I hope my readers are sensitive to their own relative privilege and difference and to the varieties of English, plural, spoken around the world. I do think in both the US and UK there’s a social responsibility to being a poet of colour and speaking out against discrimination and racism in its many forms. The particulars diverge in each place but the impetus remains to same – to find common ground and to hone the lyrical mind to encompass glorious difference. I just expect my readers and fellow poets to meet me where they are and use my words to build a bridge between the visible and invisible, to follow me to the very edge of the enchanted crystal verbal precipice of music and form where I dare you to look up and down.

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Q

What are the dominant themes or preoccupations in your poems? How western and Indic are they? Can you illustrate that with some examples? What makes your poems universal?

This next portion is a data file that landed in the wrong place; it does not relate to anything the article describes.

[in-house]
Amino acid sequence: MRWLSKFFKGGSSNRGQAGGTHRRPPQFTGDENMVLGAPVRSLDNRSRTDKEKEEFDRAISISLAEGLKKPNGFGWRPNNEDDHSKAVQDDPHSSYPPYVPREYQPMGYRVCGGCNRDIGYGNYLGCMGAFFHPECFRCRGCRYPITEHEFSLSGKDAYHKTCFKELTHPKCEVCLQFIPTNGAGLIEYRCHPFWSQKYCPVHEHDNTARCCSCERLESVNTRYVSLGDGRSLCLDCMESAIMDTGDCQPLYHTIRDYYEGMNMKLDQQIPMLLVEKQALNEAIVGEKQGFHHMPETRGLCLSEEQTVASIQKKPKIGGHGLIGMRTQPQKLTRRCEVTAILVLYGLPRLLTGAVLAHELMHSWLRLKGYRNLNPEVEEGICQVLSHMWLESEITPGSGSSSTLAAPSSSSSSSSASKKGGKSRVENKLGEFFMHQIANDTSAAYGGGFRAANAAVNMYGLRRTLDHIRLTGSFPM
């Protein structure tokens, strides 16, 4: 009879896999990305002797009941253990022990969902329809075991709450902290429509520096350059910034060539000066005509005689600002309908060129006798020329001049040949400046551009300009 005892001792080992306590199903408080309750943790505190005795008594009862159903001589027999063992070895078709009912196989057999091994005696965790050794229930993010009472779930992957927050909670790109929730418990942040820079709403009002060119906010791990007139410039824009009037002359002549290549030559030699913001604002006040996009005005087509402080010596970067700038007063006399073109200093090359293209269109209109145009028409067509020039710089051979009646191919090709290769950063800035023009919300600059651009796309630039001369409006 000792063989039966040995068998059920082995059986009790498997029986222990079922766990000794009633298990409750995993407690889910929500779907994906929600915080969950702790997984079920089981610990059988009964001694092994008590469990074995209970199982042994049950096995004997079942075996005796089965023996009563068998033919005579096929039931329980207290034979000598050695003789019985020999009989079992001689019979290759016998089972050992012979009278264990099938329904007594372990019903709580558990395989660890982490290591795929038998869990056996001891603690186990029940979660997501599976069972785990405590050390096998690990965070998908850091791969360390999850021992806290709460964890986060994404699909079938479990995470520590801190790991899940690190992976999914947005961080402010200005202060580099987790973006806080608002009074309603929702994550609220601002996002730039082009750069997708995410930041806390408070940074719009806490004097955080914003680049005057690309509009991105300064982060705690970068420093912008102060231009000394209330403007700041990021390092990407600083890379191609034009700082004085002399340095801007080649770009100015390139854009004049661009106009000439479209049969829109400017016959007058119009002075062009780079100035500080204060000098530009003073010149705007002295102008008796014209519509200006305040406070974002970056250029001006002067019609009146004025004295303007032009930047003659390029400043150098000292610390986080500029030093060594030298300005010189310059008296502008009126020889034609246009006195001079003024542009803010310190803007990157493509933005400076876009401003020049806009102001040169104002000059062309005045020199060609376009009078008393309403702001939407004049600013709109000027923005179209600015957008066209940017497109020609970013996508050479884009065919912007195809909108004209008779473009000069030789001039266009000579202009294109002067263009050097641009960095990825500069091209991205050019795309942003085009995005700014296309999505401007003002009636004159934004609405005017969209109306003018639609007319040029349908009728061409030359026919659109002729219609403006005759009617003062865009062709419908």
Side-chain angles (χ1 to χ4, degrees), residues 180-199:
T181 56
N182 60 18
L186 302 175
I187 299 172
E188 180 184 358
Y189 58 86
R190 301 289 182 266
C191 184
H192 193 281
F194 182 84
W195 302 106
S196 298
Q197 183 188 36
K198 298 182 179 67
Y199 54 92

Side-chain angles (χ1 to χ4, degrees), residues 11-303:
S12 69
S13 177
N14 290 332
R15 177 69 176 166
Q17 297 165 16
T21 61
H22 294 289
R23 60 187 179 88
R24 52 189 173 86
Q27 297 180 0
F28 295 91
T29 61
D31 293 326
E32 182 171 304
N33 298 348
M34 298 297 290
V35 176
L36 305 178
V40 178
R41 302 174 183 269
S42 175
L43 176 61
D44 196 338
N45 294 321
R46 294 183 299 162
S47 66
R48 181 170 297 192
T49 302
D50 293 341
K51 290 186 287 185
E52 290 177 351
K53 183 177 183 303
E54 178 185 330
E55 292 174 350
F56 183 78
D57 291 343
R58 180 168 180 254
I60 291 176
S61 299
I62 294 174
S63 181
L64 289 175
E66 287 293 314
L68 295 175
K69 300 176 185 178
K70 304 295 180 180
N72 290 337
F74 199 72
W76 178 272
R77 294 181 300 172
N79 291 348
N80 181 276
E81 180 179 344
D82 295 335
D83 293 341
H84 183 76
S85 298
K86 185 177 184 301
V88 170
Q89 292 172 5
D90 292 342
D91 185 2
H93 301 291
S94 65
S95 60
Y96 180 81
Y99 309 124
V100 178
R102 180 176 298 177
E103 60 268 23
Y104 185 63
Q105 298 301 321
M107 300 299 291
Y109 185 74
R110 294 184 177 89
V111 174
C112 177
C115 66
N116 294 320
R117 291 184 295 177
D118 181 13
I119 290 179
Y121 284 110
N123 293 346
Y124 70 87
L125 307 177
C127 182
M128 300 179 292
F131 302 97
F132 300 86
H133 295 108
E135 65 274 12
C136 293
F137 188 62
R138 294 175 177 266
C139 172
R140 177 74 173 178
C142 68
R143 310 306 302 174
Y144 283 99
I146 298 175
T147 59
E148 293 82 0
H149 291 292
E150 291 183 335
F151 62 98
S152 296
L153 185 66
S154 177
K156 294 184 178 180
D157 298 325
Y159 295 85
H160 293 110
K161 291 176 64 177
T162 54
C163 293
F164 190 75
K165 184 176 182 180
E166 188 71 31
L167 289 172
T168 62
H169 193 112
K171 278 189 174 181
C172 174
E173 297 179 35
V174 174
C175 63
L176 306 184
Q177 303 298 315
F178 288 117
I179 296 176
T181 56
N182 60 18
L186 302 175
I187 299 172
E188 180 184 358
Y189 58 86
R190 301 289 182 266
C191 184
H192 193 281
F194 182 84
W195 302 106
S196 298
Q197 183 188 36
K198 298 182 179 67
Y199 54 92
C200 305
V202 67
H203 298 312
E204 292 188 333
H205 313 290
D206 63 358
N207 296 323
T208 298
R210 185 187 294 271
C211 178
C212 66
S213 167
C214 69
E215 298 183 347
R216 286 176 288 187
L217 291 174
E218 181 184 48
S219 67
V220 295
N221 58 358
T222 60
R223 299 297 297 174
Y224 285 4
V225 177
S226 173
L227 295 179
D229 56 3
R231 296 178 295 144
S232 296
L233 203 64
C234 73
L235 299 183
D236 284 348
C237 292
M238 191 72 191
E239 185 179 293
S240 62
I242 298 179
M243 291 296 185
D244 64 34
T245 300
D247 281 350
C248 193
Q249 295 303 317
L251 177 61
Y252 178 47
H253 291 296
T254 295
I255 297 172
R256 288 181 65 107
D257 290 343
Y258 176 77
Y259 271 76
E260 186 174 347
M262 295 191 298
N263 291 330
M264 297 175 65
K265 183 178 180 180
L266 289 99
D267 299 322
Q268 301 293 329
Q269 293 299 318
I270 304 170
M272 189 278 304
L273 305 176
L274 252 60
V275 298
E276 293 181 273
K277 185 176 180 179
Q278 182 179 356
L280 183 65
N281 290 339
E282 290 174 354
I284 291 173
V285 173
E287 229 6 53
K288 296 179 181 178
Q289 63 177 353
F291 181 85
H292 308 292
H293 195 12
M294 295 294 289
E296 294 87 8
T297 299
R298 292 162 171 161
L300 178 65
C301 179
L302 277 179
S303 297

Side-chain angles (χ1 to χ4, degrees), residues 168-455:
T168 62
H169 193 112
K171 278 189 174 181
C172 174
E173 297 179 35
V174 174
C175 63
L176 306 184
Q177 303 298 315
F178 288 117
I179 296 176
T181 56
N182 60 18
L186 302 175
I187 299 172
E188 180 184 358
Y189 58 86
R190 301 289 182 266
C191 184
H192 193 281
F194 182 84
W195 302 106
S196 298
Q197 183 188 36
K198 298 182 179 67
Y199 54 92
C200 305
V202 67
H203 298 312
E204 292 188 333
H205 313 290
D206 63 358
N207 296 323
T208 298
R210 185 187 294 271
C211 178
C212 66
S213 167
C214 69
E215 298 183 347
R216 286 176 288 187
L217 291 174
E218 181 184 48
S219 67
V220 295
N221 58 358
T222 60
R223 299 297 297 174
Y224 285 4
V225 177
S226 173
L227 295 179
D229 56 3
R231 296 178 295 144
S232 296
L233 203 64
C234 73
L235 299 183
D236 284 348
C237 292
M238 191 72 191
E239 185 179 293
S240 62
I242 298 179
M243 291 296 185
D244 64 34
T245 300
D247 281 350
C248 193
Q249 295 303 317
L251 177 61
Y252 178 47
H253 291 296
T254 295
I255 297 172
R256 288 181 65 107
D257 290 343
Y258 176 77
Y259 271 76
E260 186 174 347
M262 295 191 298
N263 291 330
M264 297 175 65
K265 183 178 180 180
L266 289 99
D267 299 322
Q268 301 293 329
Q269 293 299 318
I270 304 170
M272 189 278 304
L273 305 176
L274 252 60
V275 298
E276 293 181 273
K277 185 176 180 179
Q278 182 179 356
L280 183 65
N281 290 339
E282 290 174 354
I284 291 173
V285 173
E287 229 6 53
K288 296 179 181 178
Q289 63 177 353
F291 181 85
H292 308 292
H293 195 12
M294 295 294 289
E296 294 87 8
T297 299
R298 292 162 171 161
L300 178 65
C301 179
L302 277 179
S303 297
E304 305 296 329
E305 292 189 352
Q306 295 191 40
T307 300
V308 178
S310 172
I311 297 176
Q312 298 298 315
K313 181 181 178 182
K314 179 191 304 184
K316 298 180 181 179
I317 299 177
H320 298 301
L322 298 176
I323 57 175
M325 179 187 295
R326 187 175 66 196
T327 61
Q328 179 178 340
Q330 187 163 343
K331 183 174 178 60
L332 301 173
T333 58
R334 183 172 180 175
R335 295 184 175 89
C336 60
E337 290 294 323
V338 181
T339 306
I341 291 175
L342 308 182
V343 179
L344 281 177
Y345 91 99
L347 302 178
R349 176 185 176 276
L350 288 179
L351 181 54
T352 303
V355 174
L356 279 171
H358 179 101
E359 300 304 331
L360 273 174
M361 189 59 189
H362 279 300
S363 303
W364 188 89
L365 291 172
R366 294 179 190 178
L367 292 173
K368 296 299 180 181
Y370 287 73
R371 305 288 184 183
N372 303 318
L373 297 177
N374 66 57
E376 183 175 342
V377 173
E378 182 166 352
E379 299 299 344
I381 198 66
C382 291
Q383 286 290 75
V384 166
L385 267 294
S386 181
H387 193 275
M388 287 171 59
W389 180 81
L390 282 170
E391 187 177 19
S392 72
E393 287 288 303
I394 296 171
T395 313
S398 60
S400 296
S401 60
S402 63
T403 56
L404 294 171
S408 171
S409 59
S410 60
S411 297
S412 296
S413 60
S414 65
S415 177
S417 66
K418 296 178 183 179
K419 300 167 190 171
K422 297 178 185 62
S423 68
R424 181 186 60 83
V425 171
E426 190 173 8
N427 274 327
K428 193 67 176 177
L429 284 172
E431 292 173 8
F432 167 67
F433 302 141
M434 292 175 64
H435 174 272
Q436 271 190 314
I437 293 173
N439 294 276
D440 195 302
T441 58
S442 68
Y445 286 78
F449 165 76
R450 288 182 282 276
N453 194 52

A

Like Vyasa, the sage who, according to tradition, composed the Upanishads, my interest is the nature of reality, how and why we have come to inhabit this physical form at this particular moment in time and what our connection to the vast organic life around us and the mysterious interstellar life in the distance might be. That might be considered an Indic preoccupation, but it is also a Western one, for the poems I write are composed of Emily Dickinson’s unbereft orchards and Rumi’s dance of being broken open as well as Frank O’Hara’s catastrophe of the personality and Tracy K. Smith’s unconscious roving heart.

I have translated the ‘Gayatri Mantra’ as the manifest and unmanifest wave and ray of breath and used gayatrification as a verb in a poem, but I have also written about Mulberry Row where Thomas Jefferson’s slaves lived and the subway in Brooklyn. Perhaps what makes my poems universal is their specificity and song, which though mine in some sense, belong to us all in another, as all poetry does irrespective of tongue or time.